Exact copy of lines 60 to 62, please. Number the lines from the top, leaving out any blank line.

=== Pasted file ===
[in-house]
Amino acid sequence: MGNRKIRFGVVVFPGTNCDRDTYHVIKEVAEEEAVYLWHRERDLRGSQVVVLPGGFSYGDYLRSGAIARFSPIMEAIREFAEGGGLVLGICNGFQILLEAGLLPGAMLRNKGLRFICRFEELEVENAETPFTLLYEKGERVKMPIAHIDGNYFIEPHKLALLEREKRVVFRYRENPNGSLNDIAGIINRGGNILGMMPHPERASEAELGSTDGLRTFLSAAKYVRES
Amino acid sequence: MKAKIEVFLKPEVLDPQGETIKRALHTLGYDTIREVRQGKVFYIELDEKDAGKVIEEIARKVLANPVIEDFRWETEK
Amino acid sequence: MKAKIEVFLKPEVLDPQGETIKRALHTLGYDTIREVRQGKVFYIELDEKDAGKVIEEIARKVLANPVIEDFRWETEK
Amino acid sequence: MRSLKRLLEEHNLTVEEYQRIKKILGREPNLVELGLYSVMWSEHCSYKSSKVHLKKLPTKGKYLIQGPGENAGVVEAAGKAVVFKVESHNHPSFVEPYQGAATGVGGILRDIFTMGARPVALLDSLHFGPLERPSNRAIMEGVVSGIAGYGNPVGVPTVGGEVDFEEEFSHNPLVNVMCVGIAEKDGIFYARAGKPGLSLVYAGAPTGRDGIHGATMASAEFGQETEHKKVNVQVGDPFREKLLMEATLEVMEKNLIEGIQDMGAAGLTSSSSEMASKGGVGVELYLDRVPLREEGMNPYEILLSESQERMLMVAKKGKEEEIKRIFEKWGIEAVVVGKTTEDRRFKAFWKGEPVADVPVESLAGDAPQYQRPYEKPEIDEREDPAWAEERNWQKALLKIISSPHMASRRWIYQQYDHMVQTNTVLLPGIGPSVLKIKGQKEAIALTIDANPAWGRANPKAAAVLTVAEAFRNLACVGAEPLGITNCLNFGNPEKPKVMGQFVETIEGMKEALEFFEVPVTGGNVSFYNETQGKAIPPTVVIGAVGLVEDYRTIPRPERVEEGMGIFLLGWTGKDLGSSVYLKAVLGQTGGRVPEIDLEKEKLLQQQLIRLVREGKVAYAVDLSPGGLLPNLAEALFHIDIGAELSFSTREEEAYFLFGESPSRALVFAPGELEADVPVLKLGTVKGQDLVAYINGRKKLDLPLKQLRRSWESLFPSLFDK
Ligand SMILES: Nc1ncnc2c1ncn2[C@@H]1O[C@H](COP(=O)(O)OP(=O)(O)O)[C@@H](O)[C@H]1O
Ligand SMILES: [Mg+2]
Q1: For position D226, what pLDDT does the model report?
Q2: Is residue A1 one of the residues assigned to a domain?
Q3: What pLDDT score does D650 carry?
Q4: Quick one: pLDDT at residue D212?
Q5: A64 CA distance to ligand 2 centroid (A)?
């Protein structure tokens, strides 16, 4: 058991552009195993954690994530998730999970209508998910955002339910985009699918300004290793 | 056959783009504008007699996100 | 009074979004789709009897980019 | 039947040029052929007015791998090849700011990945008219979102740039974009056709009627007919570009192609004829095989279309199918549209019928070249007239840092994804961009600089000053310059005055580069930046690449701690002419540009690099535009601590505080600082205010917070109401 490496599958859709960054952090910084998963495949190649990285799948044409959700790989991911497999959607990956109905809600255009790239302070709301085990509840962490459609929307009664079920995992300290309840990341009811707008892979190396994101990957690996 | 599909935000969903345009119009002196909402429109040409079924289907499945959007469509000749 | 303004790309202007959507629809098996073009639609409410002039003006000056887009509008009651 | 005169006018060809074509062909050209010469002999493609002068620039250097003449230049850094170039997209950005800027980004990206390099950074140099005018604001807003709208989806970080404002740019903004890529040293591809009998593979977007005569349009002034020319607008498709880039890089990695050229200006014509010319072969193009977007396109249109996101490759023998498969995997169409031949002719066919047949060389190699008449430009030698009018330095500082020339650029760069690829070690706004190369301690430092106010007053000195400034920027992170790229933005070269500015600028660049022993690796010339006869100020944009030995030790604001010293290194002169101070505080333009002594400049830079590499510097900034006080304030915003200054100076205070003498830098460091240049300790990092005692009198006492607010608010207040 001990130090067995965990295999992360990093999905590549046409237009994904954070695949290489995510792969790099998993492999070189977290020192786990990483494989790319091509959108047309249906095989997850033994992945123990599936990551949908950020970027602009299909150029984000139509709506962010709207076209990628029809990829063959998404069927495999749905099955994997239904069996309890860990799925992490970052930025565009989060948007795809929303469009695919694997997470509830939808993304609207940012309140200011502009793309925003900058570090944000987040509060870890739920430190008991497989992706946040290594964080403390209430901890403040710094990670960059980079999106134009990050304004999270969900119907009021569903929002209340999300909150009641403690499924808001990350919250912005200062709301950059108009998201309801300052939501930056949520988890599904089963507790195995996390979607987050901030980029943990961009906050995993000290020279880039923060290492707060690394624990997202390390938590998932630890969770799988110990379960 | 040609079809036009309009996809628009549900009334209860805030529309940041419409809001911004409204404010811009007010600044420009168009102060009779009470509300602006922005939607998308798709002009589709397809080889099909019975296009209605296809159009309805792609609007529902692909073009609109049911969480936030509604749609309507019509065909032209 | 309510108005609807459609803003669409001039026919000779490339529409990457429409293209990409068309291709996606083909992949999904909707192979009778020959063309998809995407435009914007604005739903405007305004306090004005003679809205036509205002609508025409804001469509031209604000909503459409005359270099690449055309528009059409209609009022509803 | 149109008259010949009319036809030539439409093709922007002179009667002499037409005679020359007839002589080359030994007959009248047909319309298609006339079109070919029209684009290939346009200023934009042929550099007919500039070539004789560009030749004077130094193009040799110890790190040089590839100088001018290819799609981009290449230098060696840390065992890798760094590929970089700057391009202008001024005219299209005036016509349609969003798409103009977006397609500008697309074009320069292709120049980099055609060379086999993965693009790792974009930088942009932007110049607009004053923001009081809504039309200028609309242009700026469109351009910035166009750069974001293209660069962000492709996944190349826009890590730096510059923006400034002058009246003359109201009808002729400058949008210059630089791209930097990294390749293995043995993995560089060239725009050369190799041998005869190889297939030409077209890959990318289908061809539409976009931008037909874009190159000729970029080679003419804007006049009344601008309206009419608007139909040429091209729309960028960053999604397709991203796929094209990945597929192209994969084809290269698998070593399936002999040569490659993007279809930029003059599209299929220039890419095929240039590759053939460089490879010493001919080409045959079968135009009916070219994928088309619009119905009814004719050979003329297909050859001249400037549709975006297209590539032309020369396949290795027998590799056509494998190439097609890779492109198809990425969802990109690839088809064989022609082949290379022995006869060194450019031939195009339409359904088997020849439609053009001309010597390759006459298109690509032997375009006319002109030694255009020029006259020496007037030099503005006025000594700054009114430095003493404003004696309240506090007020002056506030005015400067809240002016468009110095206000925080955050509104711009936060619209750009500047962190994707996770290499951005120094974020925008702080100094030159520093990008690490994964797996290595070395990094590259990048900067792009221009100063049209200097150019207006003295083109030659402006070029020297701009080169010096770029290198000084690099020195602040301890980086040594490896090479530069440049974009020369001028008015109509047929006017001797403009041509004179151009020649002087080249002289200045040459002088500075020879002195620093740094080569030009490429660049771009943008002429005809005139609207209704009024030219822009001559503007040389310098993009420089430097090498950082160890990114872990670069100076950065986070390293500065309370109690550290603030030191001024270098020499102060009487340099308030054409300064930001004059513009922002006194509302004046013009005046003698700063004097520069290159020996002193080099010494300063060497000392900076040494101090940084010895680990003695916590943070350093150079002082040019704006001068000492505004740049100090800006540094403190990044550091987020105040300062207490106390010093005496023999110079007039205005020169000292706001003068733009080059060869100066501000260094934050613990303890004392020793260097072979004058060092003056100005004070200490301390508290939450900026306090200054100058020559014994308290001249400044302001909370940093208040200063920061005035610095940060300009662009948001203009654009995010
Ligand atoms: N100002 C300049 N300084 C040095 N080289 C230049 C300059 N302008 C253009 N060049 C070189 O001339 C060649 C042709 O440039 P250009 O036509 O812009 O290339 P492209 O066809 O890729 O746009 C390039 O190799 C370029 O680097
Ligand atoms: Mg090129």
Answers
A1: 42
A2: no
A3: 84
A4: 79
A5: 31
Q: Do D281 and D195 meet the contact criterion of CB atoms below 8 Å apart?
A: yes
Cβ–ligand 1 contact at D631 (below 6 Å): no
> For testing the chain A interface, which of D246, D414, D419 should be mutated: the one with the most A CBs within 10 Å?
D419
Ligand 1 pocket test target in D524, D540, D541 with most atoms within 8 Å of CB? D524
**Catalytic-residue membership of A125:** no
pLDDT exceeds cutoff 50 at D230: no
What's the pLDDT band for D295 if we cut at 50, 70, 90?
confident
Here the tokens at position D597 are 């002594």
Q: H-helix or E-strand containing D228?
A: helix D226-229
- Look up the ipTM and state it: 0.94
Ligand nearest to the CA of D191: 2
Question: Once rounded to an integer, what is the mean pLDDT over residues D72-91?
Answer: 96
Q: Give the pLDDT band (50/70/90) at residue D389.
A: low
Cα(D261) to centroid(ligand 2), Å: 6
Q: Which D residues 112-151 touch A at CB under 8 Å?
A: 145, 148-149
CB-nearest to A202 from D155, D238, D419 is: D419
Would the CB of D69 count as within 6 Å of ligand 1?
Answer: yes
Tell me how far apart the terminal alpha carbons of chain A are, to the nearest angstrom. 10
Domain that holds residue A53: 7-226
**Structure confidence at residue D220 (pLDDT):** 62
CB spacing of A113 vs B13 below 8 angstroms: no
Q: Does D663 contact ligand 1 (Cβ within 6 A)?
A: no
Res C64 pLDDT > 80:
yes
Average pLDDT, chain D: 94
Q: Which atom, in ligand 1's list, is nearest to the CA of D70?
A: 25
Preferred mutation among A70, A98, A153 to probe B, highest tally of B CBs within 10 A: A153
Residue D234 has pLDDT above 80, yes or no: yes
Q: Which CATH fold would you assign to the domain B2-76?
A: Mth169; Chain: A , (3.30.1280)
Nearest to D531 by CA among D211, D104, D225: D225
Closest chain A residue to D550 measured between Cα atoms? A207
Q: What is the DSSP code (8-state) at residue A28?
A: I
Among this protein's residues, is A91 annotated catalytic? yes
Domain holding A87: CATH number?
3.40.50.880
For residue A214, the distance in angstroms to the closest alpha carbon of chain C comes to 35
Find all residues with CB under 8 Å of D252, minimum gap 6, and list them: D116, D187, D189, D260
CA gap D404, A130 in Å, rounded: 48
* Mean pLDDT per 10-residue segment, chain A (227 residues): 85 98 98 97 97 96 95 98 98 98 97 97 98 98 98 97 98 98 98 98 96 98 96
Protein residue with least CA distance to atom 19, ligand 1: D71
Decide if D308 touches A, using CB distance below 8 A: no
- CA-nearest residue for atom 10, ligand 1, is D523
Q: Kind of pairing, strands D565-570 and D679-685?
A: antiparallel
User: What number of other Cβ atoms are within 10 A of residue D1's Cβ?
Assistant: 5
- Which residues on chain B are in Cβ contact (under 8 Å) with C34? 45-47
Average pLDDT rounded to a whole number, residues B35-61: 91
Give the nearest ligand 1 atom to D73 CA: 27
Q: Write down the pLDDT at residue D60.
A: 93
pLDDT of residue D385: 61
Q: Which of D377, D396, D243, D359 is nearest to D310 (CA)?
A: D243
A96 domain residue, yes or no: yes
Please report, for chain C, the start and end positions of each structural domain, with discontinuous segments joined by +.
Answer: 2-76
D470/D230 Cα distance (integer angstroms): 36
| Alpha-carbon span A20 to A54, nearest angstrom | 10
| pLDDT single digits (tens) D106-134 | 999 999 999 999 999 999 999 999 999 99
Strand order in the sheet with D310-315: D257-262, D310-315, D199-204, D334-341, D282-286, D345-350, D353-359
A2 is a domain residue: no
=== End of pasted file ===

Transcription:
Q: Which CATH fold would you assign to the domain B2-76?
A: Mth169; Chain: A , (3.30.1280)
Nearest to D531 by CA among D211, D104, D225: D225